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Holy Blood, Holy Grail
| Some dare call it|
|What THEY don't want|
you to know!
Holy Blood, Holy Grail (originally The Holy Blood and the Holy Grail, retitled for the US) is a 1982 book by Michael Baigent, Richard Leigh and Henry Lincoln, which claims to expose the true secret of the Holy Grail.
The theory proposed in the book is:
- Jesus Christ's death was faked.
- Jesus and Mary Magdalene married, had children, and moved to a nice little gîte in the south of France.
- Jesus' descendants became the Merovingian dynasty and, through them, the basis for all of Europe's royal families
- This secret is that the "Holy Grail" is not, as traditionally accepted, a cup that once held the blood of Christ, but literally the blood of Christ itself. The idea comes from the similarity between the phrases, san greal (holy grail) and sang real (royal blood).
- The Priory of Sion is a secret organization devoted to keeping this secret and helping Jesus' heirs.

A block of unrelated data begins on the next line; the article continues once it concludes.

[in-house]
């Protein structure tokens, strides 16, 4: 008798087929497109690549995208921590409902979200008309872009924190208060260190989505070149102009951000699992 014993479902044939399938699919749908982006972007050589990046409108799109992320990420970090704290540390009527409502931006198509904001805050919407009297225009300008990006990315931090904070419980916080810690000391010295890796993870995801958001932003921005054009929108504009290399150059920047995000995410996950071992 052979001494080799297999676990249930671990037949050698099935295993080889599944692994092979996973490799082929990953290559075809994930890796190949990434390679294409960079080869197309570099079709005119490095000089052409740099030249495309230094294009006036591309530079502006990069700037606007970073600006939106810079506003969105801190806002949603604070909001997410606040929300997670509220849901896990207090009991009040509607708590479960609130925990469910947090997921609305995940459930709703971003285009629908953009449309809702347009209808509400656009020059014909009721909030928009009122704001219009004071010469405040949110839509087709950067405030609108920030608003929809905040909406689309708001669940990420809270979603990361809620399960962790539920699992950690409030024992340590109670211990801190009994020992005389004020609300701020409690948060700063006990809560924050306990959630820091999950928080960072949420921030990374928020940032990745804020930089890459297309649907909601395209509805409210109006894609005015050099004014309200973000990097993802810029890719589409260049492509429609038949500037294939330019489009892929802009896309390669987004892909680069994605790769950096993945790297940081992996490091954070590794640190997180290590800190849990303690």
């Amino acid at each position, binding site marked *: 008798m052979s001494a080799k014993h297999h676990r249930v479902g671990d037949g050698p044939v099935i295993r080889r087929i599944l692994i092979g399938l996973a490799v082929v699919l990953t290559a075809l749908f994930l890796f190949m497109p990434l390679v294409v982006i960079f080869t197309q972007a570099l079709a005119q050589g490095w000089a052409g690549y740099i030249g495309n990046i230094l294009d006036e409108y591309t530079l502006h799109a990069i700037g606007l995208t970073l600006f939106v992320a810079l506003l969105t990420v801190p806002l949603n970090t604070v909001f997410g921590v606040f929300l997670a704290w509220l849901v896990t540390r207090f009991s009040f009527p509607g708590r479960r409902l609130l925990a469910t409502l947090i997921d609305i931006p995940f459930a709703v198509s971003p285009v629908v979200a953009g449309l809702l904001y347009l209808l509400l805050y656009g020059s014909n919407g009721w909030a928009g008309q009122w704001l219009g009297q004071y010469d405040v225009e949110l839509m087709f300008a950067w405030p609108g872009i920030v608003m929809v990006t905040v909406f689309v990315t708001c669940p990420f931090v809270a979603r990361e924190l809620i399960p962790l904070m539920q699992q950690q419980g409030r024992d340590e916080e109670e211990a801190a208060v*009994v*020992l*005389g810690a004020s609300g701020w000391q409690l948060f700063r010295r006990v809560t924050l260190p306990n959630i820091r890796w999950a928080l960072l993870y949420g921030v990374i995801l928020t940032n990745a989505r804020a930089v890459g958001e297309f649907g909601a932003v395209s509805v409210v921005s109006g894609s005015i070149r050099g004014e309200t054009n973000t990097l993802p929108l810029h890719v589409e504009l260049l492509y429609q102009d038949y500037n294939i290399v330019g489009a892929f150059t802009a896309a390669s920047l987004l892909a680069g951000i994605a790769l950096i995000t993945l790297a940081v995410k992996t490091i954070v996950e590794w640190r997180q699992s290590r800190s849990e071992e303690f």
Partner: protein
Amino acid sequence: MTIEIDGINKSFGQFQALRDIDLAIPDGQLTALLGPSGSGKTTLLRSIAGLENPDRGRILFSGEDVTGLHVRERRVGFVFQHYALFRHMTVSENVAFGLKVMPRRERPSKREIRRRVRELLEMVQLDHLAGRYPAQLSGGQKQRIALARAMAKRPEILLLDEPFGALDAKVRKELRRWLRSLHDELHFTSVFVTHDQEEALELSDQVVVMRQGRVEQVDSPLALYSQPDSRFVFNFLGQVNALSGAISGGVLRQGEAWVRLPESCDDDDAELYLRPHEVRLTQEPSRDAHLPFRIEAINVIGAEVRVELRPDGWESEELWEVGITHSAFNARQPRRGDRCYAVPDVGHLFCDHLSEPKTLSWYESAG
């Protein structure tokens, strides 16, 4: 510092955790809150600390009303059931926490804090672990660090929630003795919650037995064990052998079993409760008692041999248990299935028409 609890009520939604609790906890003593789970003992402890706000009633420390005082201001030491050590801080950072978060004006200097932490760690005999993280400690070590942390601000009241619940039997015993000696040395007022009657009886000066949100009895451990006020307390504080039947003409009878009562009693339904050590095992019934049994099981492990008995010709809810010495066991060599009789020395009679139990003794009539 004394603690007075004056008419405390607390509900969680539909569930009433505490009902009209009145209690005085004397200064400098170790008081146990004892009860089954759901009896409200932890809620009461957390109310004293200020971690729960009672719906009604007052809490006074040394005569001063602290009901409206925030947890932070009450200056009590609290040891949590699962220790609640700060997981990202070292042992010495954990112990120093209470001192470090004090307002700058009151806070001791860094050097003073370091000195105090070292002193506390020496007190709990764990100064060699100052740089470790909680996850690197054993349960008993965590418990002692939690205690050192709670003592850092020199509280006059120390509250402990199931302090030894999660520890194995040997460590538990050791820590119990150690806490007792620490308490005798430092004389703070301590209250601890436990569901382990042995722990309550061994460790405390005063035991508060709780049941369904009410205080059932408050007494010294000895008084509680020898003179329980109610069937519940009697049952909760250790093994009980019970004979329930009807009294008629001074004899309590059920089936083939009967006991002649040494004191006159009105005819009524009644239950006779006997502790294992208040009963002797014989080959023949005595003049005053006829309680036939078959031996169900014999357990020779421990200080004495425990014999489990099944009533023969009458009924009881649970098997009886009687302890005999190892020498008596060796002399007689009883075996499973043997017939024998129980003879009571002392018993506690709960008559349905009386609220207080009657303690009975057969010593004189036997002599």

- The Roman Catholic Church is aware of all this and has been involved in covering it up.
- The end goal is a pan-European government headed by one of these descendants; in particular, the current head of the house of Habsburg.
Dan Brown's massive best-seller novel The Da Vinci Code
stole borrowed many aspects of these theories. The theories are not generally accepted by historians, or even most readers of wild-eyed fiction. The biggest flaw with the novel (among countless many) is that it takes the forged Priory of Sion documents at face value. In fact, the Priory of Sion never existed except as a small secret society (read: bored circle of friends) created by one Pierre Plantard in 1956. Plantard and his friends then proceeded to forge numerous documents and plant them in the Bibliotheque Nationale de France. 
The book Rat Scabies And The Holy Grail by music journalist Christopher Dawes is the probably-mostly-true story of Dawes and his neighbour Rat Scabies (Chris Millar), one-time drummer of punk rock band The Damned, going a-grail-hunting. It includes meeting Henry Lincoln, and recounts just how pissed off Lincoln was by Dan Brown monetising his life’s obsession and redigesting his tedious book (it really is terrible) into The Da Vinci Code. Rat likes the Dawes book ‘cos it means interviewers have to ask him questions about two things now. (It's also the only one of these three books worth reading.)